Doctor warns women to stop putting garlic in their vaginas

Your private parts will thank you. Photo: Getty

Just when we thought we were done with all the “don’t put this in your vagina” memos, we’re back on the case busting another down-there health myth.

In case you missed it, the list of things you you really shouldn’t be inserting into your lady-parts includes cucumbers, make up sponges, glitter bombs, ozone gas and wasps nests. Why, ladies, why?

But as we think we might finally have learnt we should be leaving our vaginas the hell alone, there’s something else to add to the please don’t put down-there list – garlic.

A doctor has issued a warning about the dangers of putting garlic cloves in your vagina to treat a yeast infection. It’s an old wives tale that’s been doing the rounds for quite some time.

Thankfully, Dr. Jen Gunter, gynaecologist and author of The Vagina Bible, is here to set the record straight with a now viral thread of tweets, which busts the latest in fake vajayjay news.

Unsurprisingly, it turns out that this DIY method of yeast infection cure is not an effective treatment for the condition. What’s more, it could actually do some harm down there.

There is some scientific rationale behind the garlic-based theory in that it contains allicin, which in a lab may have antifungal (ie anti yeast) properties.

But, as Dr Gunter points out your vagina is not a dish of cells.

She also raises the issue that garlic could contain bacteria from the soil and that inserting it into your vagina could increase the risk of infection.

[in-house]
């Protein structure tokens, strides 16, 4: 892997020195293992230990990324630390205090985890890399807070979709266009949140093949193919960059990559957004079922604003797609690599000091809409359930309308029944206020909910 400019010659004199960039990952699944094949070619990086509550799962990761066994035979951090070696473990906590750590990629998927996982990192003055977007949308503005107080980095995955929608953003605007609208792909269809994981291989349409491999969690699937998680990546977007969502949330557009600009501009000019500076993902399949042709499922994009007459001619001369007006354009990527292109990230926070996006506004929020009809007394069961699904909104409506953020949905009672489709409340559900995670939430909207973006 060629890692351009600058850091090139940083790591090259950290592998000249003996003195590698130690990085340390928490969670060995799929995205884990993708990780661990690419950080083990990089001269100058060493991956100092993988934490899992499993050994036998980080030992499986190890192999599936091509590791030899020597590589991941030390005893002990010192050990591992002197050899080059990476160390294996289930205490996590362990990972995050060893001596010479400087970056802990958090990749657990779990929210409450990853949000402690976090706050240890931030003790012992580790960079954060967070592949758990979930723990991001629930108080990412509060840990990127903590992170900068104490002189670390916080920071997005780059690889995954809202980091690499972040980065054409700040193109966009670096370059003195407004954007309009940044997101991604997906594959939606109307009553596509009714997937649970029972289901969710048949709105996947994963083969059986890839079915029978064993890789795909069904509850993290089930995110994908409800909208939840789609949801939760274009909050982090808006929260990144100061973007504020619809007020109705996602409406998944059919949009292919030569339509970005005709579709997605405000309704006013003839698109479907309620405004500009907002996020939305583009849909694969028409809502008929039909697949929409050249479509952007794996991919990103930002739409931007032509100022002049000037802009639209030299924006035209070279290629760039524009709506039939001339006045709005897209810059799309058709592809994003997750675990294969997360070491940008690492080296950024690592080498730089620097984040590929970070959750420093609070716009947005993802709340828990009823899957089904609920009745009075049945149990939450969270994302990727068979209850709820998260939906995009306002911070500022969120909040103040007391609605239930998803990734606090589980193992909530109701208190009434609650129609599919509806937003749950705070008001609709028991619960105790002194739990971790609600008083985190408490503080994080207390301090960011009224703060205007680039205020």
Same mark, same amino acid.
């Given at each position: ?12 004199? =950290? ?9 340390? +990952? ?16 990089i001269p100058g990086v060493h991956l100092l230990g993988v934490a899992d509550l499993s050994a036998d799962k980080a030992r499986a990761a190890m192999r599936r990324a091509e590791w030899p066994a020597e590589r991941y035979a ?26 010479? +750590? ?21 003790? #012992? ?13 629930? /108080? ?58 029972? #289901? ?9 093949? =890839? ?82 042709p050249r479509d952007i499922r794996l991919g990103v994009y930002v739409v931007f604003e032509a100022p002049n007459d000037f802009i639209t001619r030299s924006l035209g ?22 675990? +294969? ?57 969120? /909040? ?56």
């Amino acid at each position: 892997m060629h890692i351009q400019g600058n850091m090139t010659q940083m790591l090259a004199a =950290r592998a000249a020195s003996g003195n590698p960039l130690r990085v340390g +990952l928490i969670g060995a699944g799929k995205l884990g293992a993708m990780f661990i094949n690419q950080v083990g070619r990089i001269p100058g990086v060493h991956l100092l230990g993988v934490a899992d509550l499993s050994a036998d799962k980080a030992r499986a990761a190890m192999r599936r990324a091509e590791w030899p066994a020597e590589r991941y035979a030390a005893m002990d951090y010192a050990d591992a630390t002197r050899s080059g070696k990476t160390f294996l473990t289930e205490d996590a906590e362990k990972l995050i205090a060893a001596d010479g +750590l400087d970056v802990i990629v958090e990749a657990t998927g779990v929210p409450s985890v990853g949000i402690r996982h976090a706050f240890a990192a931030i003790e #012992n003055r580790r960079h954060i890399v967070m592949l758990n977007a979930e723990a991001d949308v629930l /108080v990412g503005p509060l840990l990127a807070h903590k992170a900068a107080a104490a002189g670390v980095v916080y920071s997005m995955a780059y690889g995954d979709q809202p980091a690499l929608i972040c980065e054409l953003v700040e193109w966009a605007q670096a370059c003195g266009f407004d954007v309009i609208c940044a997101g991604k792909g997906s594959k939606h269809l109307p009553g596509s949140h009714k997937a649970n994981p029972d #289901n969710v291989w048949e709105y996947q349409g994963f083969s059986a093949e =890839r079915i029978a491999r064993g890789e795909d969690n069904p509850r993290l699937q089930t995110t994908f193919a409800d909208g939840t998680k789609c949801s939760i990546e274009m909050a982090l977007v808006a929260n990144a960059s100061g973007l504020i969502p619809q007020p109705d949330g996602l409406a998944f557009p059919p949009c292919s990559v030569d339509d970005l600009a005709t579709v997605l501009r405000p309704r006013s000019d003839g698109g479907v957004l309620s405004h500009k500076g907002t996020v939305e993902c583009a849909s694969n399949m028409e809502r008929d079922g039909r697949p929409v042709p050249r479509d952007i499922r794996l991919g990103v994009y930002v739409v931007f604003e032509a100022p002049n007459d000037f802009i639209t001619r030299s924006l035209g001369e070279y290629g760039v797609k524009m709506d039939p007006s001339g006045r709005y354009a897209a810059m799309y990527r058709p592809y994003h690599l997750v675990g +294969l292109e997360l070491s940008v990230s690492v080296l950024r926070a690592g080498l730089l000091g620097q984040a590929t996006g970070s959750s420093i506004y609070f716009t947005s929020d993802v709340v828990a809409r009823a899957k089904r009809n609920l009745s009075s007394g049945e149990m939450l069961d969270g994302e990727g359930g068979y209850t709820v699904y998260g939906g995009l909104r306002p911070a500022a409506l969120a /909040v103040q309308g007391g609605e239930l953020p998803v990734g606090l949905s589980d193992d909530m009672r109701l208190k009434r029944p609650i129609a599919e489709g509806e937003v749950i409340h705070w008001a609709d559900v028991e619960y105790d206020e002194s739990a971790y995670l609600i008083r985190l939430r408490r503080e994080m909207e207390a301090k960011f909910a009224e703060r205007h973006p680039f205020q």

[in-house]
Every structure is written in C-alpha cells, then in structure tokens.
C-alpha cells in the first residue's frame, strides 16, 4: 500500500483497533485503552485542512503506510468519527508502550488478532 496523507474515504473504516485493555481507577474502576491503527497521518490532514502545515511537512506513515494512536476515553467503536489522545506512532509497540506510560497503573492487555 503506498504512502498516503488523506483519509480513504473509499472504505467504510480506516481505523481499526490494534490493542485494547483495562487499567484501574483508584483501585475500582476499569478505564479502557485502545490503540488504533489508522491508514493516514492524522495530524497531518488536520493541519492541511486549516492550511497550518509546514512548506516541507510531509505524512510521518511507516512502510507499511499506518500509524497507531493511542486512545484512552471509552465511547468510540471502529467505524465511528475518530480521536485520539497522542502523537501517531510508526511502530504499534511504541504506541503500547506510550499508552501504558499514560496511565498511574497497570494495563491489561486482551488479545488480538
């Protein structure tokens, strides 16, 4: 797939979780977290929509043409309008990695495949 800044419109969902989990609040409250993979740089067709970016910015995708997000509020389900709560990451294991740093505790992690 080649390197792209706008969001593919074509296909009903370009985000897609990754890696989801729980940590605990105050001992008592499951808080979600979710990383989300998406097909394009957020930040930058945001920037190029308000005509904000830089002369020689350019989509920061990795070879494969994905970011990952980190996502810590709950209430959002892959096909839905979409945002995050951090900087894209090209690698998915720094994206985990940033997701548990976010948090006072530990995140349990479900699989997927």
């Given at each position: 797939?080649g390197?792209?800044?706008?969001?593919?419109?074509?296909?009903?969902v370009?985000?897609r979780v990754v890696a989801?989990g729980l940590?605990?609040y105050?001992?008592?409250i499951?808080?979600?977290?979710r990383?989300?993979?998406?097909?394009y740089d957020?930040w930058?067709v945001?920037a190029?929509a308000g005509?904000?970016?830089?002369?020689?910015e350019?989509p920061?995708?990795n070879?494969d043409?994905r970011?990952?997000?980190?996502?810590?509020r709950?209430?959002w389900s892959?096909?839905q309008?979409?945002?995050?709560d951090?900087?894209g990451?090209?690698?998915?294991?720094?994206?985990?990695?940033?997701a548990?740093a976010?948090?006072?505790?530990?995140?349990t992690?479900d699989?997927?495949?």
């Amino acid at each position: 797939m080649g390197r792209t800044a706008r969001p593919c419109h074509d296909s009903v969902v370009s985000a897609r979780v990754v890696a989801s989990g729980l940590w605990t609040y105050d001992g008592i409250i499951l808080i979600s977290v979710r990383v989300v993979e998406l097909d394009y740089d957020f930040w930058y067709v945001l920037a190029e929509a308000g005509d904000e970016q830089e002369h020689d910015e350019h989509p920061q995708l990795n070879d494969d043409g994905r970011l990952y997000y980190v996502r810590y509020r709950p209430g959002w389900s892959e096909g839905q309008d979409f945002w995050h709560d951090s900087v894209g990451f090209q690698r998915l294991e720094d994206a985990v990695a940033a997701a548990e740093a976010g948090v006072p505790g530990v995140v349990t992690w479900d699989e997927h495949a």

If you crushed the garlic up, to release the allicin, there will still be the issue of the soil bacteria, but also garlic juice is likely to be quite burny, which won’t be pleasant to experience.

And, perhaps more importantly, crushed garlic won’t be the easiest to get out of your ladyparts, which could land you in more trouble than the yeast infection ever would.

Garlic cloves are not an effective treatment for yeast infections [Photo: Getty]

Should you need further encouragement to swerve the garlic home remedy, Dr Gunter’s advice has also been backed-up by Ian Currie, consultant gynaecologist at BMI The Chiltern Hospital in the UK.

“Garlic itself has been shown in the lab to have an active ingredient called allicin that prevents yeast forming, as well as some antibacterial action,” he tells Yahoo UK

“However, I’d warn against making a leap from that to assume that it would be effective against Candida, the yeast behind vaginal infections.”

Experts are warning women not to insert garlic cloves into their vaginas [Photo: Getty]

Ian points out that garlic supplements generally come in the form of tablets.

“Assuming for a moment that they are effective against Candida, we do not know what dose would be needed or whether this dose would be different for different women,” he said.

“Plus, there would be undesirable side effects of body odour, bad breath and upset tummies associated with a high dose.

“It’s a big leap between what we can see in a lab and what we can see in real life.”

And if anyone is thinking about inserting a clove or two into their vagina Ian is keen to advise that they really shouldn’t.

“Don’t put garlic up there,” he says. “Apart from the risk of infection, forgetting it’s there, or how many, and then the difficulty of extracting it, I’d suggest the odour would be terrible.

“I believe there are garlic extract creams available, but these are licensed for use externally not internally and not for a vaginal yeast infection,” he adds. 

Instead he advises that the best way to get rid of a yeast infection is a combination of pill and pessary specifically designed for that use.

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